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Interview with Jack O’Dwyer-Henry on the Vote of No Confidence in the VC and Senior University Management


SCAN’s News Editor Tom Burgess and Bailrigg’s News Manager Lucy Whalen interviewed Jack O’Dwyer-Henry on the upcoming referendum on the vote of no confidence in the Vice-Chancellor, Andy Schofield, and the senior university management.

The vote of no confidence was triggered by a petition that Jack put up on the SU website, which came out at the end of the student rent strikes we saw at the start of this term. To capitalise on this momentum and to prove students weren’t going to give up on making the university a better place, Jack explains that the petition for a vote of no confidence was the next step in putting pressure on university management. Jack also states that during his time being involved in student activism at university he noticed that he kept coming up against the “university management monolith” which he says doesn’t care what is right or what students think or responds adequately to students. Jack believes an important step in reforming the university to be better is by removing some of the individuals from senior management that are responsible for the situation we are in – and this begins with voting ‘No’ in the upcoming referendum.

But what can the referendum on the vote of no confidence actually achieve? Jack calls it a symbolic referendum – students do not have the ability to get rid of university management, but if students come out in big enough numbers and vote they have no confidence, Jack hopes this is something university management cannot ignore, and it will force them to reconsider decisions they take in how they run the university.

When asked if Jack thinks any of the senior management at the university, including Andy Schofield, would resign following the results of the referendum, Jack is hopeful they may consider it. He points out that a lot of students and staff are dissatisfied with how the university is run, especially during the pandemic. He states that several staff strikes over the past years reveal how some staff are unhappy with how they are treated, and some students are rightfully angry to be paying full tuition and accommodation fees when the university experience is nothing like what was promised. Taking this context into account, Jack is hopeful that the university management will consider how they have a duty to have the confidence from university staff and students and act accordingly.

He adds that the fact there is no way for students to have a say on who works for them proves how undemocratic the university has become. He believes the university has become a lot more undemocratic, unaccountable and centralised in the past few decades. A key example of this is how there is no way for students, who pay central management’s wages, to hold the university senior management to account, which could be easily reformed and changed if they wanted to.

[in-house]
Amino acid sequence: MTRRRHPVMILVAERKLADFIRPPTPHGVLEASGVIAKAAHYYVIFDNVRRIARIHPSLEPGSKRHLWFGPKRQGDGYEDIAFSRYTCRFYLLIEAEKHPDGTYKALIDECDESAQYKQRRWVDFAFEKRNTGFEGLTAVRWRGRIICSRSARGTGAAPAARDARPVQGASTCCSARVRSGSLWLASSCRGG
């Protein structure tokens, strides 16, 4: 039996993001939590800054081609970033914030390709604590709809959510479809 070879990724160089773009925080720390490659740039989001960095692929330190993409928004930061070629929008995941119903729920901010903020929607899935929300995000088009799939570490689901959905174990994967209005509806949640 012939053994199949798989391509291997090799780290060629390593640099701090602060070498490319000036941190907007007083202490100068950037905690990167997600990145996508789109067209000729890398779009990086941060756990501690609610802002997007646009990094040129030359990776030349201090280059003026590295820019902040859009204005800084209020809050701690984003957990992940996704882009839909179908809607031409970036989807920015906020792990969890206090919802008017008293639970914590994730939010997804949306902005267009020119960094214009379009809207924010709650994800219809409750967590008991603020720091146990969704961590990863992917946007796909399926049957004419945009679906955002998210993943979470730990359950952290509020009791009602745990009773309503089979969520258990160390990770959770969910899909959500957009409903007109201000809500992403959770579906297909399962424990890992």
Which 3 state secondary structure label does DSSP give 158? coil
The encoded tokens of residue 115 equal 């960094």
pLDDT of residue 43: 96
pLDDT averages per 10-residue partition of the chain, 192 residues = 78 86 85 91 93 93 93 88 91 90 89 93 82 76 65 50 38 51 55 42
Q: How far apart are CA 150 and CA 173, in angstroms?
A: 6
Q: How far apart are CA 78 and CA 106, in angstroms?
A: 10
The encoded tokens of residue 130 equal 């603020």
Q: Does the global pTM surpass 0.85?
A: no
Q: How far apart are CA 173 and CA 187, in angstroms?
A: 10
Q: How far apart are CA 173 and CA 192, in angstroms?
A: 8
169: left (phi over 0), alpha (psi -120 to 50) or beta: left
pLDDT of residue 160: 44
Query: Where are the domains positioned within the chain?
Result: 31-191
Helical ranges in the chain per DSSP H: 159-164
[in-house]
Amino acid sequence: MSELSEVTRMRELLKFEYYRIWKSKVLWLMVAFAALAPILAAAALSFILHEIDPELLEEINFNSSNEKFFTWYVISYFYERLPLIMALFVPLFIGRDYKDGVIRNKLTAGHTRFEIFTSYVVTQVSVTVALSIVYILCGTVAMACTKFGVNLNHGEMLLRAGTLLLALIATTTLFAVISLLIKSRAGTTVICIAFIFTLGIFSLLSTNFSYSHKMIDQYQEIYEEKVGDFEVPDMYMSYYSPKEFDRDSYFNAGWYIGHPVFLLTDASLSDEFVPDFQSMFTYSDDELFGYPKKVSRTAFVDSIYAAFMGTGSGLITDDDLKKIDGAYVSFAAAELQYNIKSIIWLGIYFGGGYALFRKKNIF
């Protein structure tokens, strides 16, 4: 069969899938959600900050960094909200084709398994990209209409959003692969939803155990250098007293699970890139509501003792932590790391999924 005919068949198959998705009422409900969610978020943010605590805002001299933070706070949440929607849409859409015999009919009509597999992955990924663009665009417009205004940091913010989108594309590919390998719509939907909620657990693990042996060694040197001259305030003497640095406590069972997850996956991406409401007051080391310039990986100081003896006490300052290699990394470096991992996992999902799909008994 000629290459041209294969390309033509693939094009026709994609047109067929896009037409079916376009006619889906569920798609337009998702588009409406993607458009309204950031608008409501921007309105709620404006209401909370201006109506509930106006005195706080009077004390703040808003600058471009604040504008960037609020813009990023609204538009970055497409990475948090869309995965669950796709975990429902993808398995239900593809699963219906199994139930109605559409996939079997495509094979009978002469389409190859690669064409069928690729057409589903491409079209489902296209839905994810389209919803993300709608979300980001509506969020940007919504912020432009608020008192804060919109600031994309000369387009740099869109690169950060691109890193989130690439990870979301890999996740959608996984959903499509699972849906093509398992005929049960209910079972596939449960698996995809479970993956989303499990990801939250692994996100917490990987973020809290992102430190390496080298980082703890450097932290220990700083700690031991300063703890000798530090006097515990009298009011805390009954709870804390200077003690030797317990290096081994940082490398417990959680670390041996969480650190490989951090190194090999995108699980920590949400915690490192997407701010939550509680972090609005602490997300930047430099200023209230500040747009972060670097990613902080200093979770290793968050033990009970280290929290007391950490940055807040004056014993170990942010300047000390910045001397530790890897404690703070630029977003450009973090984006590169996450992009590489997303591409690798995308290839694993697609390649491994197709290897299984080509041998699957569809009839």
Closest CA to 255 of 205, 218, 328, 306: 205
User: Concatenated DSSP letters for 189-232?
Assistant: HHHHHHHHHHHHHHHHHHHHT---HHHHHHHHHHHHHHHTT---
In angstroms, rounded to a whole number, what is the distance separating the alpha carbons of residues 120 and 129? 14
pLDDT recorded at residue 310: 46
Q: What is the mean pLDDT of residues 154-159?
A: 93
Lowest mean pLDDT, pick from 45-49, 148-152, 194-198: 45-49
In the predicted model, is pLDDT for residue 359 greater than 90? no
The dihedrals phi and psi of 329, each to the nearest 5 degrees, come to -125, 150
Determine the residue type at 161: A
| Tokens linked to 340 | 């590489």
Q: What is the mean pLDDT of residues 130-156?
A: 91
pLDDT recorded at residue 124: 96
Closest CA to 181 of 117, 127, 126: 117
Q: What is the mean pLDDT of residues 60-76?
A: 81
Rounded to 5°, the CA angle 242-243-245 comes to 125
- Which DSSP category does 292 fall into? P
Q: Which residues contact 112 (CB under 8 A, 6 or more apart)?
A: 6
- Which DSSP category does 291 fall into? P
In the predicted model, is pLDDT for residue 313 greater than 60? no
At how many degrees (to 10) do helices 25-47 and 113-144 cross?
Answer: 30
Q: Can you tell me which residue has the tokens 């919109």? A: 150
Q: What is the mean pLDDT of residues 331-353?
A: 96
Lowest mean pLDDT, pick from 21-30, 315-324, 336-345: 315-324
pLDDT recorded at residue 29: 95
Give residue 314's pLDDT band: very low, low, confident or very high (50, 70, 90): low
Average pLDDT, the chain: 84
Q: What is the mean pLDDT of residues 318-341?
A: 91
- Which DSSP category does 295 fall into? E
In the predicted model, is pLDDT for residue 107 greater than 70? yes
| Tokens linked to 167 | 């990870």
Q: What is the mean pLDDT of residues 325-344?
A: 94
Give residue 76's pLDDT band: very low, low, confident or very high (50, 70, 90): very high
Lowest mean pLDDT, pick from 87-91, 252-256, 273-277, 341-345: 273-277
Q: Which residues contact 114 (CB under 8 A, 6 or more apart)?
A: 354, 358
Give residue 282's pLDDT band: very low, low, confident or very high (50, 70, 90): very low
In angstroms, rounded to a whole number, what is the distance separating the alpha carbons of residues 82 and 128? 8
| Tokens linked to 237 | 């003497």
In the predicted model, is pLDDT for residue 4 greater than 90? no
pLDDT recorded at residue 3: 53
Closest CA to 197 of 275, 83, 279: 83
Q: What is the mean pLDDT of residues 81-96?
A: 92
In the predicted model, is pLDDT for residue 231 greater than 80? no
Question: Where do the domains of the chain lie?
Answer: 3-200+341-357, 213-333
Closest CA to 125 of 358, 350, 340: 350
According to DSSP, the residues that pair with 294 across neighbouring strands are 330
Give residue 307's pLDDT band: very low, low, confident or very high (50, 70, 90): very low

So, why does Jack think students should vote ‘No’ in the referendum? Jack explains that throughout the pandemic it has been exposed what the priorities are of university management, and unfortunately it is not student’s welfare. He believes that the current relationship between students and the university management is centred around financial exploitation – which he thinks is evidenced through encouraging students to return to campus last year in order to take rent money. Then, when faced with students self-isolating on campus, rather than solve issues like providing food for free, they charged £17.95 a day for food packages. When students are facing increased financial difficulties due to the pandemic and 65 senior staff are being paid over £100,000, Jack believes this is a problem. Jack sums this up to be due to the decisions of a small number of people at the top, who have consistently reformed the governance structures of the university to make it as unaccountable as possible and make it difficult for students to have any input. This is why Jack thinks this referendum is important – he wants it to be a way for students to say ‘No’ and show they believe in a university founded on democracy and equality and not the financial exploitation which he believes currently characterises the university.